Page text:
But regarding trust and a sense of purpose, there are numerous ways to achieve this within your team. Team topologies go in-depth into this discussion. They talk about Dunbar's trust number and having two size pizza teams (normally 5-8 depending on the complexity of the domain).

Then there is also Tuckman's model approach to team development: forming-storming-norming-performing.

Regular social events with your team and team playbooks are a great way to break the ice and start to understand eachothers personalities. Especially when you work in a culturally diverse environment. Working in Europe and the Asia Pacific, I have worked with many nationalities and am always keen to understand more about their culture.

Sense of purpose - having that clear vision and objective for the team and getting alignment is crucial to the success of the team. Running exercises such as team charter and RACI model help with this.

But now onto the fun part; the technical aspects. But I will let you in with a little secret first:

Engineers love shipping software! 😛

I remember years ago working in London for a mobile apps company. There was an engineer who I worked with that hadn't shipped code in over six months! (due to indecisiveness on the client's part). I could see how demoralized she looked not able to see her hard work go live. So always remember, engineers, love to ship software.

I have worked in high-performing teams in the past where change lead time was < 90 mins and deployment frequency daily. I have seen firsthand how it has a direct impact on job satisfaction. Having engaged employees doing meaningful work drives business value.

Deployment pipeline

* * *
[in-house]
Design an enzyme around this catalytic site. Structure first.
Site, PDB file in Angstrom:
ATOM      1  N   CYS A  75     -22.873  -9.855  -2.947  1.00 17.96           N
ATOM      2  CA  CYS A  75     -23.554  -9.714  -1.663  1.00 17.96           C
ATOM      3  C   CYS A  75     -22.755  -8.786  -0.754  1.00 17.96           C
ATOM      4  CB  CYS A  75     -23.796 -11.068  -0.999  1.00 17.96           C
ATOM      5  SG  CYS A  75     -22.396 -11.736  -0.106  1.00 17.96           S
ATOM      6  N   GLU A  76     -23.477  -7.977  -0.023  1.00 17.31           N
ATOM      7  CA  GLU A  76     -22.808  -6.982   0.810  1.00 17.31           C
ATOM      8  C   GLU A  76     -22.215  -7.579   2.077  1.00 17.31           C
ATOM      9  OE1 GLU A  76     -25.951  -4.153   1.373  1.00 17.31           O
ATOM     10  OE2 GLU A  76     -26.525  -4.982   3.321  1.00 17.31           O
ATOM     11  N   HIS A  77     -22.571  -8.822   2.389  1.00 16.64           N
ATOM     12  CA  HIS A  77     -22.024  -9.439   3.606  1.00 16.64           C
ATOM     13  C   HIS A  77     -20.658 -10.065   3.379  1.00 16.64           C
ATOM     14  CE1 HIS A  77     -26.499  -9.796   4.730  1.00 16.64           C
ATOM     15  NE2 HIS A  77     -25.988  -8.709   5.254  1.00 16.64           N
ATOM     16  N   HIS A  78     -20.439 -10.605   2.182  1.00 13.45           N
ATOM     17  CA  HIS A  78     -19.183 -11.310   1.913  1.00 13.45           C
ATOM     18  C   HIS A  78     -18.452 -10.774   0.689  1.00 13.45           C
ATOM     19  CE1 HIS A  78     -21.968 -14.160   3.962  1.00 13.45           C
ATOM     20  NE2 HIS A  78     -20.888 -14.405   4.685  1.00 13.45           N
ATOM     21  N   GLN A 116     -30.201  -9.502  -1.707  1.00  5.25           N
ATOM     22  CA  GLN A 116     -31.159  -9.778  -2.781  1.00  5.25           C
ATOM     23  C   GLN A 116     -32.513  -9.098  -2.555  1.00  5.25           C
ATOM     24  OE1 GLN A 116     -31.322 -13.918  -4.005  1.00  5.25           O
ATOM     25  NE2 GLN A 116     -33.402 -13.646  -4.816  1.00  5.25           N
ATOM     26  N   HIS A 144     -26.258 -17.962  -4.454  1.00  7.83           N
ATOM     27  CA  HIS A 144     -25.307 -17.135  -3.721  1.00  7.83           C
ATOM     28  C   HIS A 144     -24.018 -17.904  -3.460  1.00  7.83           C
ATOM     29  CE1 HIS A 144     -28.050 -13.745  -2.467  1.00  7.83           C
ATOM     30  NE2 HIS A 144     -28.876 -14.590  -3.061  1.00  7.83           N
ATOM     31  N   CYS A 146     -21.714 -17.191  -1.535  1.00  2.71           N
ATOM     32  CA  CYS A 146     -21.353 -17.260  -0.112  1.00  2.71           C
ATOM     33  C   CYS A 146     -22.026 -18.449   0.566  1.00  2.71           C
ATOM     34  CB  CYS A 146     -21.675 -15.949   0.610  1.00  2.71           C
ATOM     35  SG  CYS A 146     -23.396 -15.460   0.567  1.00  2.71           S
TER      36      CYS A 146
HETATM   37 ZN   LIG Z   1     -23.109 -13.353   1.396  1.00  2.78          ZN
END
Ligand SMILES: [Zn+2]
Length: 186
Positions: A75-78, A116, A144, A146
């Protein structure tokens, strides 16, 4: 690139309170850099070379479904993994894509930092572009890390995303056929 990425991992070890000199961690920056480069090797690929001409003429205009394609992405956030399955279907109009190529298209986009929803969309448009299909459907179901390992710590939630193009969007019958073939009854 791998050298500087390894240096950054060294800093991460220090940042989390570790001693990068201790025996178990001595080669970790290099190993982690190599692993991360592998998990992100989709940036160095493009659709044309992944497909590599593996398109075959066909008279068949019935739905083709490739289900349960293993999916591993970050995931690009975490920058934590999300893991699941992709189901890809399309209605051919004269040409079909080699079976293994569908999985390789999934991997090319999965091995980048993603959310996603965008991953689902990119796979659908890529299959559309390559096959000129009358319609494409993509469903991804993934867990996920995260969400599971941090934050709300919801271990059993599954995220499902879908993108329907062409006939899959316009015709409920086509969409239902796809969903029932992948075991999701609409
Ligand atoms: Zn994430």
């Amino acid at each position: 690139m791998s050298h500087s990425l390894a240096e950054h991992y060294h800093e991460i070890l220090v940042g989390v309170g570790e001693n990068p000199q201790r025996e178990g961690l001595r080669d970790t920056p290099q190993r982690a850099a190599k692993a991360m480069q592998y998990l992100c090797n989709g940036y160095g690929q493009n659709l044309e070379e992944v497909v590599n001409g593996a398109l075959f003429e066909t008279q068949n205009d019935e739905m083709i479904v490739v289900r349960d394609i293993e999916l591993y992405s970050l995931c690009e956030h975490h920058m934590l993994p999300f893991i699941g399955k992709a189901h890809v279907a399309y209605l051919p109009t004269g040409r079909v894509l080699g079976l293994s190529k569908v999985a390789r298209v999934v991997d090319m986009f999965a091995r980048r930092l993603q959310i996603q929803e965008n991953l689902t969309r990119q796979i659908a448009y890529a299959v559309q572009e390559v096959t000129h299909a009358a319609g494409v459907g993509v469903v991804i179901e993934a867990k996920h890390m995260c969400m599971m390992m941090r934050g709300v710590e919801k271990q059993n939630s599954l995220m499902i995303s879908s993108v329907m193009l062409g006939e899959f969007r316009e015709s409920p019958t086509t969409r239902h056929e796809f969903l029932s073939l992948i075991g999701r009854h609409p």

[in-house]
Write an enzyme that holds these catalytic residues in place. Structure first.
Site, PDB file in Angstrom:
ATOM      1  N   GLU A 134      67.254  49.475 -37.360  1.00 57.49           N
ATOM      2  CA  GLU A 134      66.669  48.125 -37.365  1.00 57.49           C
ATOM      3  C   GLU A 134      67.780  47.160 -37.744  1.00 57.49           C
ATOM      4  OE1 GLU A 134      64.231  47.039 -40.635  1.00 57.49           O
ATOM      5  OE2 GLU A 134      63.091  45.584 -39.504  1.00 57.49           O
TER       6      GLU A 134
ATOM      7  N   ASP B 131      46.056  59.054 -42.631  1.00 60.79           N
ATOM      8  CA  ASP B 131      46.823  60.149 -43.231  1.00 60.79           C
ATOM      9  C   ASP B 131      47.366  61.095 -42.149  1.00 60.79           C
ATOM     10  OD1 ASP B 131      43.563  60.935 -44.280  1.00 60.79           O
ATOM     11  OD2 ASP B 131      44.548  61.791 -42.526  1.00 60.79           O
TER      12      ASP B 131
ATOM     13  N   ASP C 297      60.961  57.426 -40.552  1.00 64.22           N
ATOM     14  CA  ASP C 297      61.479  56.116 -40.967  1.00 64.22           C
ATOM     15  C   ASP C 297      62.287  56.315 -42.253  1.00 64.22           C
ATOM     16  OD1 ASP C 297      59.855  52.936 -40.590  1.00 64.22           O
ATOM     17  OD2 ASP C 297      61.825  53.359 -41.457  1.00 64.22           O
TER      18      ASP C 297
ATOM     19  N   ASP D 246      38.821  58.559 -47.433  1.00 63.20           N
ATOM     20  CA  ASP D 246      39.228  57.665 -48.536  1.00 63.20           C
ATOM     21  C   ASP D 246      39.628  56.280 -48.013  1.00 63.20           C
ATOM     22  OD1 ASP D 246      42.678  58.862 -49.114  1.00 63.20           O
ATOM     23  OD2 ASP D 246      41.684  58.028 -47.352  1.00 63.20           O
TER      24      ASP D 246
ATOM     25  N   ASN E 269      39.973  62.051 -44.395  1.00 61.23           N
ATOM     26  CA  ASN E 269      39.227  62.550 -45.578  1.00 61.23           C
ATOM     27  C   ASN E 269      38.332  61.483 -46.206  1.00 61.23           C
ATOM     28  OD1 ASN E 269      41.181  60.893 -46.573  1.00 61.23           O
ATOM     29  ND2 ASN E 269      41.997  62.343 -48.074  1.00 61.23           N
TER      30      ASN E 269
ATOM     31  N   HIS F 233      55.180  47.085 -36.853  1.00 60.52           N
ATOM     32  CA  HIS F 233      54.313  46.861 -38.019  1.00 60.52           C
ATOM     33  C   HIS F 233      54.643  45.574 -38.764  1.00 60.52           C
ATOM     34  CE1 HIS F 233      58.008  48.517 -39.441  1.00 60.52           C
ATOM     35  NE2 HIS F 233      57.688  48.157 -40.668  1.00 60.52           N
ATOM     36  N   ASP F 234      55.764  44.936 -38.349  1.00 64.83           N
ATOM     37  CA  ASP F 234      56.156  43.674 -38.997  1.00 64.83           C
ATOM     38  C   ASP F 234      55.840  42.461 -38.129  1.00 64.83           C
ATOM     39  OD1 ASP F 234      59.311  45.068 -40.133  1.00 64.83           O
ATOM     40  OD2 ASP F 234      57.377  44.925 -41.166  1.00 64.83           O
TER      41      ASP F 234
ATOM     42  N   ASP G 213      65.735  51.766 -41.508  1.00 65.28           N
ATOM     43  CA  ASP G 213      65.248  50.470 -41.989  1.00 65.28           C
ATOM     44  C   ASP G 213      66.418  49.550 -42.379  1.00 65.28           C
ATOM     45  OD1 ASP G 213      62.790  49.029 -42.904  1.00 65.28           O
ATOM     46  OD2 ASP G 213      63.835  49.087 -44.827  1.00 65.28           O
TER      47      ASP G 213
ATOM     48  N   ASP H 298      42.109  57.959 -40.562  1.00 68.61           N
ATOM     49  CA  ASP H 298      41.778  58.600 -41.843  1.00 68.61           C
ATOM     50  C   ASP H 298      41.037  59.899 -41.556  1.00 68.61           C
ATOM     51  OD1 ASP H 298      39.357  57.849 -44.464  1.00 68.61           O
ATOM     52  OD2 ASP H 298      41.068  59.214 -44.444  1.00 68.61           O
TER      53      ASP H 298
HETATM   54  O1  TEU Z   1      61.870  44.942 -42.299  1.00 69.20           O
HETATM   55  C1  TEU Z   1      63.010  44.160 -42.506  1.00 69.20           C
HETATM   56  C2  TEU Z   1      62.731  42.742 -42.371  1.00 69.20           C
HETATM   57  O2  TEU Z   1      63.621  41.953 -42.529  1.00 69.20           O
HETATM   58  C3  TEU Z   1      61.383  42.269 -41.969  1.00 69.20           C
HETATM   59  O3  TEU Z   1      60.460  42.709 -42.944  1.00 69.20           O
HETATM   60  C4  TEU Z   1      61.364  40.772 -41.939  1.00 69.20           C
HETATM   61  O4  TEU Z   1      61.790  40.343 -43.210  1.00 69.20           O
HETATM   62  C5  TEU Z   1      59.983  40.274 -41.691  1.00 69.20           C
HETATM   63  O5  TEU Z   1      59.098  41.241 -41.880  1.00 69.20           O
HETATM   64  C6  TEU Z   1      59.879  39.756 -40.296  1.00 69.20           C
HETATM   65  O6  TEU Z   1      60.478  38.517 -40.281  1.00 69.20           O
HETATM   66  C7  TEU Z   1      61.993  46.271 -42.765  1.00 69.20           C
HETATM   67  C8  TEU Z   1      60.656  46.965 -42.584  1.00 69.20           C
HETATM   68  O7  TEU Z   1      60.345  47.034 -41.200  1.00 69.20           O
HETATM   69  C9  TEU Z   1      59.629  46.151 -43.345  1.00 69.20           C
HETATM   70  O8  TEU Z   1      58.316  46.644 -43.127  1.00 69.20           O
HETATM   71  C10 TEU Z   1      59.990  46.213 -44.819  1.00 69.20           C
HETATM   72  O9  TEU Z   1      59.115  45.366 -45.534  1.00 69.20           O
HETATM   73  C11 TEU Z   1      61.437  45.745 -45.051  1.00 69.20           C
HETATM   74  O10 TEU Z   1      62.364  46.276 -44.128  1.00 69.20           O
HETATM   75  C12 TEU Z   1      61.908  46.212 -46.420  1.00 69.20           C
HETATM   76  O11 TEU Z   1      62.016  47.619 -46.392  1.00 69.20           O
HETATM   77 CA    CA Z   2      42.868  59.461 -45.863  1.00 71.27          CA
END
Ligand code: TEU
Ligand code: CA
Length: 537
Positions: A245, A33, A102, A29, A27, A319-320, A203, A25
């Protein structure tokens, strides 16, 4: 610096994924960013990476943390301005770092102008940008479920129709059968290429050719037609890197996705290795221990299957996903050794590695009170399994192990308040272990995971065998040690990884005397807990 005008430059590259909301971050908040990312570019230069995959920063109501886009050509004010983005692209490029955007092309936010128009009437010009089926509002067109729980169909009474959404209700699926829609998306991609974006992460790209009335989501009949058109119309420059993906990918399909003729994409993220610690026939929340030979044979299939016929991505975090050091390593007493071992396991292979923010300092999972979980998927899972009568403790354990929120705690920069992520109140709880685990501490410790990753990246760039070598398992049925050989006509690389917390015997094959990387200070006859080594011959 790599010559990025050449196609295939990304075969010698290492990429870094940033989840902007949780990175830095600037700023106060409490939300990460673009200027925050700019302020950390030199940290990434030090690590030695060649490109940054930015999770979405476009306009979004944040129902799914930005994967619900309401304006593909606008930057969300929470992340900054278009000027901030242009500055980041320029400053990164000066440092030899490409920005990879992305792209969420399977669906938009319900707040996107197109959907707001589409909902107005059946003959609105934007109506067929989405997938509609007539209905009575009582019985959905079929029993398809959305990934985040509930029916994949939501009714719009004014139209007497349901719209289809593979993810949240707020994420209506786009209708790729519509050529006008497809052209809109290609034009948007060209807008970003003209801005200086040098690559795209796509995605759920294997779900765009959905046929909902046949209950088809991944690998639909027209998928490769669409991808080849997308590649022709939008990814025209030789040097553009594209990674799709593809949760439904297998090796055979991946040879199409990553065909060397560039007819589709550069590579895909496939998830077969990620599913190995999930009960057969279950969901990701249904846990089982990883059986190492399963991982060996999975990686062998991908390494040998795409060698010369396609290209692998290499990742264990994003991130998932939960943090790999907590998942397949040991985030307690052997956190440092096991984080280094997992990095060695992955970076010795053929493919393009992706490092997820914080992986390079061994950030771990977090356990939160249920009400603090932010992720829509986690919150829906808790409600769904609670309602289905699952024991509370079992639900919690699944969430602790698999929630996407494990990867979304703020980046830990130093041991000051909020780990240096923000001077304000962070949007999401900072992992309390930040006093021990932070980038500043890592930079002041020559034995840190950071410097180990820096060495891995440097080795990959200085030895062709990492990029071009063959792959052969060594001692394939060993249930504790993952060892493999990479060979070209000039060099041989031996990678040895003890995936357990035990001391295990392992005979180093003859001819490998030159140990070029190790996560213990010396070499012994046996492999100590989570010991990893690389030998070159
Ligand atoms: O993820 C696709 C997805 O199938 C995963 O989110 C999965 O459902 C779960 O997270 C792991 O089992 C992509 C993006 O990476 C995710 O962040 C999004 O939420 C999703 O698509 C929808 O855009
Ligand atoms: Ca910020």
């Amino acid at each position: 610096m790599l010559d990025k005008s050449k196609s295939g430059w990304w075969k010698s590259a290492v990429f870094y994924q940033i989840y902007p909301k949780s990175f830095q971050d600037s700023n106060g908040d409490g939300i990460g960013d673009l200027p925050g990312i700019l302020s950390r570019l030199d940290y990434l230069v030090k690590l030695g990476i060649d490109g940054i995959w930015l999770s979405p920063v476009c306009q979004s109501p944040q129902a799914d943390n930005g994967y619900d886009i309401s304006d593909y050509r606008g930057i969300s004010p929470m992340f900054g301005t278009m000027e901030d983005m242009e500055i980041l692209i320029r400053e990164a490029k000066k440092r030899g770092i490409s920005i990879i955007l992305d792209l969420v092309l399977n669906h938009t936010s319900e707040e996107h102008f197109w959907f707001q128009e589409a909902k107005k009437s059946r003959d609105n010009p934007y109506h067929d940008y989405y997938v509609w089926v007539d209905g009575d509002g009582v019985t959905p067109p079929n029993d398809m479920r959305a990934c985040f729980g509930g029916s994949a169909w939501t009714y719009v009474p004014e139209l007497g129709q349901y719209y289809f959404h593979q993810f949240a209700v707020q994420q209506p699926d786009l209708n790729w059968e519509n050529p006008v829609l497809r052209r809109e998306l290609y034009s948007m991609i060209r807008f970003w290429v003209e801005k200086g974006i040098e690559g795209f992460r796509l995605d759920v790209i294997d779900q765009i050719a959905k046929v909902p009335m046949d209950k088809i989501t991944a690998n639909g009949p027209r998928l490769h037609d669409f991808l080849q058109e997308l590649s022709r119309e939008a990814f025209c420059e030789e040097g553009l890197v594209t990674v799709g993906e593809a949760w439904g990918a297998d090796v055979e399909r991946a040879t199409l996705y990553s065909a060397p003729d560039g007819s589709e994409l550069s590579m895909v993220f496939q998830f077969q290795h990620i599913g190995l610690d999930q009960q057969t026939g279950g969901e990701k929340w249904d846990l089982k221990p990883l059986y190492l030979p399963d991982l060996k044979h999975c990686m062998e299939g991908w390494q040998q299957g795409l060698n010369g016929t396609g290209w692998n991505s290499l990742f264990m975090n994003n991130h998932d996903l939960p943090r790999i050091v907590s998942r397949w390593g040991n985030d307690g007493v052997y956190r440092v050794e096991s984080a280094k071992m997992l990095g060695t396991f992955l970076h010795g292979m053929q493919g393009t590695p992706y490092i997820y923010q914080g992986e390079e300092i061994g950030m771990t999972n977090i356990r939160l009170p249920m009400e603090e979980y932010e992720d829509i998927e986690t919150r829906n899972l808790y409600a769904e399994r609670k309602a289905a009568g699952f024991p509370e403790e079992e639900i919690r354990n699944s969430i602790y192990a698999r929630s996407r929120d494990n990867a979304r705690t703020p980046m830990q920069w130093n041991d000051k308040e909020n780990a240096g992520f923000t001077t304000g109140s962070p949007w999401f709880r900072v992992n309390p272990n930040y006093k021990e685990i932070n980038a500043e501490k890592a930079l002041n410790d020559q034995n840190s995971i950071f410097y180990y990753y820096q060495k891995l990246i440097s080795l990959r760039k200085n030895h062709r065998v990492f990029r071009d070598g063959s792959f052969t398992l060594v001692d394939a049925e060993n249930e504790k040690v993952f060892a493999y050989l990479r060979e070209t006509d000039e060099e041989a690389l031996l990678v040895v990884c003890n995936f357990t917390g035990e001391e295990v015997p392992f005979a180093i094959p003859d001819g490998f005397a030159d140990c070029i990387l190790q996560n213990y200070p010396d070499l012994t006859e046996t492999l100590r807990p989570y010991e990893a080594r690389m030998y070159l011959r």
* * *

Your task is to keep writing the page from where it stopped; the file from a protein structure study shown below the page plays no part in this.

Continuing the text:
Continuous delivery does not happen overnight. You need to methodically design your CI pipeline, and focus on your technical capabilities to make it a reality. Working with CI servers such as buildkite, GitHub actions or circleCI allows you to design your pipeline as code. We have moved on from the clickops days of TeamCity or bamboo where engineers are not across how CI/CD works. To be able to visualise it as code, can really help even new team members understand and get up to speed so much faster.

A lot of these CI servers now support plugins and integrations to expedite your delivery and simplify the work needed in the pipeline. Accessing secrets from secret manager, running docker-compose, generating test reports, and more. Continually looking to optimise and improve your pipeline to run as fast as possible through certain software techniques/enhancements or agent upgrades is an ongoing task.

Test Automation

Software quality and test automation are the next phases. Working in cross-functional teams can be a mindset change for a lot of engineers. It is well publicised now the mandate at AWS of decoupling architecture and building two size pizza teams that build, run, and support your workloads. Working on teams with 24/7 support, your mindset changes into how you perceive the quality of your code. Getting a change "out the door" to achieve a deadline is frowned upon. And those traditional measures of velocity and high utilisation.